TCI Technologies Blog

how to protect yourself from hackers
11 Apr

How to Protect Yourself from Hackers and Heartbleed

Categories: Apps and Tools, IT support, News

Two weeks ago, the Heartbleed Bug rocked the world (literally). Some are calling it the greatest security threat the Internet has ever seen, while others are less certain of the damage inflicted by the virus. The truth is, as of right now, we don’t know a whole lot about it, and sometimes not knowing how to protect yourself from hackers can be much more frightening than understanding the gravity of the situation.

What Do We Know So Far?

The Heartbleed bug was designed to expose and exploit a software flaw in webservers that run a package called OpenSSL, which would allow hackers to have access to cryptographic keys. Those keys are used to secure online commerce and web connections. If hackers did use those keys, they could have access to your credit card information, social media pages, and e-mail accounts.

Perhaps the most unnerving part of the whole ordeal is the fact that the vulnerability has been in existence since 2011. That means hackers could have had access to user accounts for almost three years. Experts are still attempting to assess the extent of the damage.

What’s the Damage, Doc?

Luckily, the virus (though dangerous) has been limited to those servers that operate OpenSSL, meaning that this is not the Internet Apocalypse. In order to access your information, you would have had to been on a server that utilized OpenSSL, and the hacker would have to have the perfect race conditions (timing) so that your information was still accessible in memory (otherwise it would disappear). Heartbleed represents a serious issue, but the fear being propagated across the Internet has, to a certain extent, dramatized the issue. In the coming weeks, there will likely be more updates on how to protect yourself from this vulnerability.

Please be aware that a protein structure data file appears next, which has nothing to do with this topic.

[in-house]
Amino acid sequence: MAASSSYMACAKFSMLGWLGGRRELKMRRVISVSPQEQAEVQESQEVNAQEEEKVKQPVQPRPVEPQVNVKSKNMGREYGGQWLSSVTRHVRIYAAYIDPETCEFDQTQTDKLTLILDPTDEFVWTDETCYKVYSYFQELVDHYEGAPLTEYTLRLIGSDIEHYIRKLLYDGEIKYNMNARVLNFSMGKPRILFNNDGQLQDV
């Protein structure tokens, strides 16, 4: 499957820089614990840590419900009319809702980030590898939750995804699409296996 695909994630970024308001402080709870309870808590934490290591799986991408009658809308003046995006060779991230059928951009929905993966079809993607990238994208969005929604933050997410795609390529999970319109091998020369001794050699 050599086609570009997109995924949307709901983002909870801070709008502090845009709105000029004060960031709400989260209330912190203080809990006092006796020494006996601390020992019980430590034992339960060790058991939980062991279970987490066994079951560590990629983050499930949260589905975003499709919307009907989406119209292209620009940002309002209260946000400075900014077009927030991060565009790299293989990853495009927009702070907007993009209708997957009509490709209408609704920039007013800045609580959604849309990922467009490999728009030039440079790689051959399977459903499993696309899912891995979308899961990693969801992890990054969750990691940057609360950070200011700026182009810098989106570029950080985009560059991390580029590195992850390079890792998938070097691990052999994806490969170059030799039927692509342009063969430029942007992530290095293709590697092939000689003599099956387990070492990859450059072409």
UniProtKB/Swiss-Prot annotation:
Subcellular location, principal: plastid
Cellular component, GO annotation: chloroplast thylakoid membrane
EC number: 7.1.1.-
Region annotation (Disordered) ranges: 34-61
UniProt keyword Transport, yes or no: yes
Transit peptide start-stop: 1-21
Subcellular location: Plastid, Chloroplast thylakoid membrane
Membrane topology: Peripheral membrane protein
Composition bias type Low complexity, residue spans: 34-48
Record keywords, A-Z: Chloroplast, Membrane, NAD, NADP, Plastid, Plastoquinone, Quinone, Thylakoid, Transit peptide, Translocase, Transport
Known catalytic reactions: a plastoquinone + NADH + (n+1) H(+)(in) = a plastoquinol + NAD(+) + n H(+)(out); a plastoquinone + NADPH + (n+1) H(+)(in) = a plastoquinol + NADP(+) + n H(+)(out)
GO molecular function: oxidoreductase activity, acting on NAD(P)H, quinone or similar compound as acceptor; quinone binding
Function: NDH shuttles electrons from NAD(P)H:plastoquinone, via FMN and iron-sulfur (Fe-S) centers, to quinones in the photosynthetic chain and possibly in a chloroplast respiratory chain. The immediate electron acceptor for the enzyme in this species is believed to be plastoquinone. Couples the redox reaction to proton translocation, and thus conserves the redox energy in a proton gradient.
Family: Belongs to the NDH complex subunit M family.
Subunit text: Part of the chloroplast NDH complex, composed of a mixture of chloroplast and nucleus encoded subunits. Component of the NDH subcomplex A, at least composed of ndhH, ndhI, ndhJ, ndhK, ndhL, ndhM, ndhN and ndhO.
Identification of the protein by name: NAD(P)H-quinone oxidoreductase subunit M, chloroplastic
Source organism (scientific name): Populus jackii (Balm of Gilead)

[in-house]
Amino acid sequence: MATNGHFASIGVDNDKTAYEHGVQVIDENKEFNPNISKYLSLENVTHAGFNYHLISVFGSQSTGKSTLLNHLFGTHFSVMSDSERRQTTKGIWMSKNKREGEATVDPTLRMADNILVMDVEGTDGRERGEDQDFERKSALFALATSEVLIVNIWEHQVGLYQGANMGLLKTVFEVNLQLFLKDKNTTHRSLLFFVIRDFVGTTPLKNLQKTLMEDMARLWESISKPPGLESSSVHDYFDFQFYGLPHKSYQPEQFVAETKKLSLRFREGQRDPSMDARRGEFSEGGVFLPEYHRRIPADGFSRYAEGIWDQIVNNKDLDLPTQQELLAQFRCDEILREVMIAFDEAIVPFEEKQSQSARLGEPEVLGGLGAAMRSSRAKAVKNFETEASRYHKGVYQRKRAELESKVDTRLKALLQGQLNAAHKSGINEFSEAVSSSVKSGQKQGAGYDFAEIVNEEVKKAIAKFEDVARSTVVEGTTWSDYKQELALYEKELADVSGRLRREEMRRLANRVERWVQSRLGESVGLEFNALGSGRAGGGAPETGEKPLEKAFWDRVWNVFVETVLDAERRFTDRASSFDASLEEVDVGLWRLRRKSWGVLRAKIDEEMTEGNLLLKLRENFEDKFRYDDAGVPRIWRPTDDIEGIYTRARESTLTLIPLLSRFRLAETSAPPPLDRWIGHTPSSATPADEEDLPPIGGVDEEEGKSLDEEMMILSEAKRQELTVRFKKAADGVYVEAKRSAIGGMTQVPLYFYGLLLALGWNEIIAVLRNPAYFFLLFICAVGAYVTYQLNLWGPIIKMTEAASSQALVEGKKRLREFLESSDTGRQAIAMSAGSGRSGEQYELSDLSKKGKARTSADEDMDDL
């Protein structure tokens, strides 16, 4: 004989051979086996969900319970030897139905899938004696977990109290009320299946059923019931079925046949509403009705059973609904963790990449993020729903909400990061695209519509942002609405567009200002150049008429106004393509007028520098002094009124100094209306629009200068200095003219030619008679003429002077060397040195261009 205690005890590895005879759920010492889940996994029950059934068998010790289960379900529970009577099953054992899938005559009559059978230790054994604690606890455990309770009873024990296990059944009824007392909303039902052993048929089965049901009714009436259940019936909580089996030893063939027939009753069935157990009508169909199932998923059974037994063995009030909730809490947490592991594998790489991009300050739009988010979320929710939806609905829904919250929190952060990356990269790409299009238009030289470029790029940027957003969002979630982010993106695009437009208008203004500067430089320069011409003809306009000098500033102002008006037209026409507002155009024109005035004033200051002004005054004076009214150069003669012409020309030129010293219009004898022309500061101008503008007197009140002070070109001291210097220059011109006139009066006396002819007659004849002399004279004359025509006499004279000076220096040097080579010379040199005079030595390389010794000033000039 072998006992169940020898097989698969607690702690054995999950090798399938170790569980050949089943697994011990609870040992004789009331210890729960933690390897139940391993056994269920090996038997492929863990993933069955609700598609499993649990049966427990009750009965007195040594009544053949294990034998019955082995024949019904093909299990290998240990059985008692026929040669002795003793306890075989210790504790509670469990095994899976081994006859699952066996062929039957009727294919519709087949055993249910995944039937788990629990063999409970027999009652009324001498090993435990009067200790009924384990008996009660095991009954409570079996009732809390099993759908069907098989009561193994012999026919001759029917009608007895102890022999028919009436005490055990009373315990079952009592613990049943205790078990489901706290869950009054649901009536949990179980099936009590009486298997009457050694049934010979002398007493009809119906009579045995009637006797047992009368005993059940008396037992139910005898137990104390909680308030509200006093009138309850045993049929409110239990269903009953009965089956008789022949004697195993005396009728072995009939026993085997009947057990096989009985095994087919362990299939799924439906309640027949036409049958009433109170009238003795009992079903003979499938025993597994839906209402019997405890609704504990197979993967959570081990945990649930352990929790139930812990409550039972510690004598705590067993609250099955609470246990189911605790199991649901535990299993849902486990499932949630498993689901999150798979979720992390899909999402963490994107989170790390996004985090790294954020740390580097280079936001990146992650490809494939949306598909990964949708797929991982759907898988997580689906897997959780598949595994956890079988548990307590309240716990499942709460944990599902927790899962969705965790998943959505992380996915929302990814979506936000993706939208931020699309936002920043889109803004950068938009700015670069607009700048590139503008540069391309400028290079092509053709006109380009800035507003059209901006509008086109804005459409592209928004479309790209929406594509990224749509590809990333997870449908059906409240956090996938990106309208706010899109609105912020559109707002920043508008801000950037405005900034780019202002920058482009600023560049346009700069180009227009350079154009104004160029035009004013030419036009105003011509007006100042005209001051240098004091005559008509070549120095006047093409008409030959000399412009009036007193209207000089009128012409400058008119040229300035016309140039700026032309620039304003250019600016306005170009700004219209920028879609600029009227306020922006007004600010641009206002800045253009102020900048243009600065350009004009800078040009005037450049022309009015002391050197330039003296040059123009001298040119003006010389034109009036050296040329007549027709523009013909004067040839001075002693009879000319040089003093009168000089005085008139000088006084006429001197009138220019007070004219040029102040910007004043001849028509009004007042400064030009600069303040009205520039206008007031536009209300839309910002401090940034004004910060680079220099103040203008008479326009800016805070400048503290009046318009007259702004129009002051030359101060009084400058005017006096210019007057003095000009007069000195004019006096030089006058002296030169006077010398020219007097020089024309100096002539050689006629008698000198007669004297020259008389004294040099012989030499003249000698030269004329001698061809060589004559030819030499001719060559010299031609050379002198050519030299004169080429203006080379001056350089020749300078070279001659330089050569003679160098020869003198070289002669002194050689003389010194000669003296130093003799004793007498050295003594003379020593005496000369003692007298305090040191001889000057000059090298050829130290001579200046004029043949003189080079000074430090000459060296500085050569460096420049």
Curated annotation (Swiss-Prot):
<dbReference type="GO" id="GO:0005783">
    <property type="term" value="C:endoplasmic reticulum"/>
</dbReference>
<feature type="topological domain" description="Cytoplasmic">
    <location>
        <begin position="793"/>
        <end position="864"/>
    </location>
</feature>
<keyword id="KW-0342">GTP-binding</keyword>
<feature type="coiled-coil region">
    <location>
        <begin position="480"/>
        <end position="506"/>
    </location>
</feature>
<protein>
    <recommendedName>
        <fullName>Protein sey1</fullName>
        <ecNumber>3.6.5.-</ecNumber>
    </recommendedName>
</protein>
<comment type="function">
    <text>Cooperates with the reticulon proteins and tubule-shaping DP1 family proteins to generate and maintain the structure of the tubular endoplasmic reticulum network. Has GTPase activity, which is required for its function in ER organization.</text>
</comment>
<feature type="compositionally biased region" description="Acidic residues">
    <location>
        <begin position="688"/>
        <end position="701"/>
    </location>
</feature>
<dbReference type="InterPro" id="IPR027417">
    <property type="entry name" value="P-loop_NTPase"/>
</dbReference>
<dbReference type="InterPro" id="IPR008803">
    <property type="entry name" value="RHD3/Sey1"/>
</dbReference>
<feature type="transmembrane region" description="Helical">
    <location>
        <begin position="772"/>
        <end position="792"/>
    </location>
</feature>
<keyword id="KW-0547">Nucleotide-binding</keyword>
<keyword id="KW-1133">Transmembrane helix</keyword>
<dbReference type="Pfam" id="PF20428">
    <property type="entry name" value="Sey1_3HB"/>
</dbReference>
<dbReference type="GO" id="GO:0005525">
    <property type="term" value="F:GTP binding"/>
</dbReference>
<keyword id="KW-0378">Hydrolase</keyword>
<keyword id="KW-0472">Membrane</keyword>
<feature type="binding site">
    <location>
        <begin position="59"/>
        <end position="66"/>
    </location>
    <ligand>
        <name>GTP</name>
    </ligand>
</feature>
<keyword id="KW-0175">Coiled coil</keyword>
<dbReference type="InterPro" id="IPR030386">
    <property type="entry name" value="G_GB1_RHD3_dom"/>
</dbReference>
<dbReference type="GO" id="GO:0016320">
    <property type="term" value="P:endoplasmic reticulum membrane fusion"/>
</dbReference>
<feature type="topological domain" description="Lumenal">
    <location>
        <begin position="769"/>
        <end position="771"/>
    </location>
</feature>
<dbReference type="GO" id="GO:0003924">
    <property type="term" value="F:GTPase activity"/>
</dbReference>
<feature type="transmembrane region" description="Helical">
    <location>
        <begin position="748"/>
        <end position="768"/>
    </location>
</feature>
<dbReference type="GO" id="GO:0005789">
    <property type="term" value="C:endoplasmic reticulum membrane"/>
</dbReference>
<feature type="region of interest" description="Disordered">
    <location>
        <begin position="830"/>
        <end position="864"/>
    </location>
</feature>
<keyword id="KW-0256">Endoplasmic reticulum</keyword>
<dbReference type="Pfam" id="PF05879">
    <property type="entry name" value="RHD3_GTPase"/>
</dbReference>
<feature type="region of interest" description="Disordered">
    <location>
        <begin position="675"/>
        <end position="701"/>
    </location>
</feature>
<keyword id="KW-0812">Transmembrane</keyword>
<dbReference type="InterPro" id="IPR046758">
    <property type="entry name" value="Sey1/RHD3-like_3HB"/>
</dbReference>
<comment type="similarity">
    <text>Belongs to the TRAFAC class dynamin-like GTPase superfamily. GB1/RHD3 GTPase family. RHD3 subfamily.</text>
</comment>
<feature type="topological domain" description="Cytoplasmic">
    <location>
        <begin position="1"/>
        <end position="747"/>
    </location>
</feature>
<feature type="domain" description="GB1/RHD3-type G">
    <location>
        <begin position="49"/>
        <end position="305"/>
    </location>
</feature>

Should I Reset All of My Passwords?

The Mashable Team conducted some research on what sites were affected by the virus, and that information will be available to you here. If you don’t have time to read the article, that’s okay, because we’ll just list the ones that you should reset.

You should reset your password on the following sites:

Social Networks: Facebook, Instagram, Pinterest, Tumblr, Twitter (probably)

Company Sites: Google, Yahoo

Email: Gmail, Yahoo Mail

Stores and Commerce: Amazon Web Services, Etsy, GoDaddy

Videos, Photos, Games & Entertainment: Flickr, Minecraft, Netflix (to be safe), SoundCloud, YouTube

Banks and Brokerages: None

Government and Taxes: Intuit, USAA

Other: Box, Dropbox, GitHub, IFTTT, OkCupid, Wordpress (to be safe), Wunderlist

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Author: Devin Aiken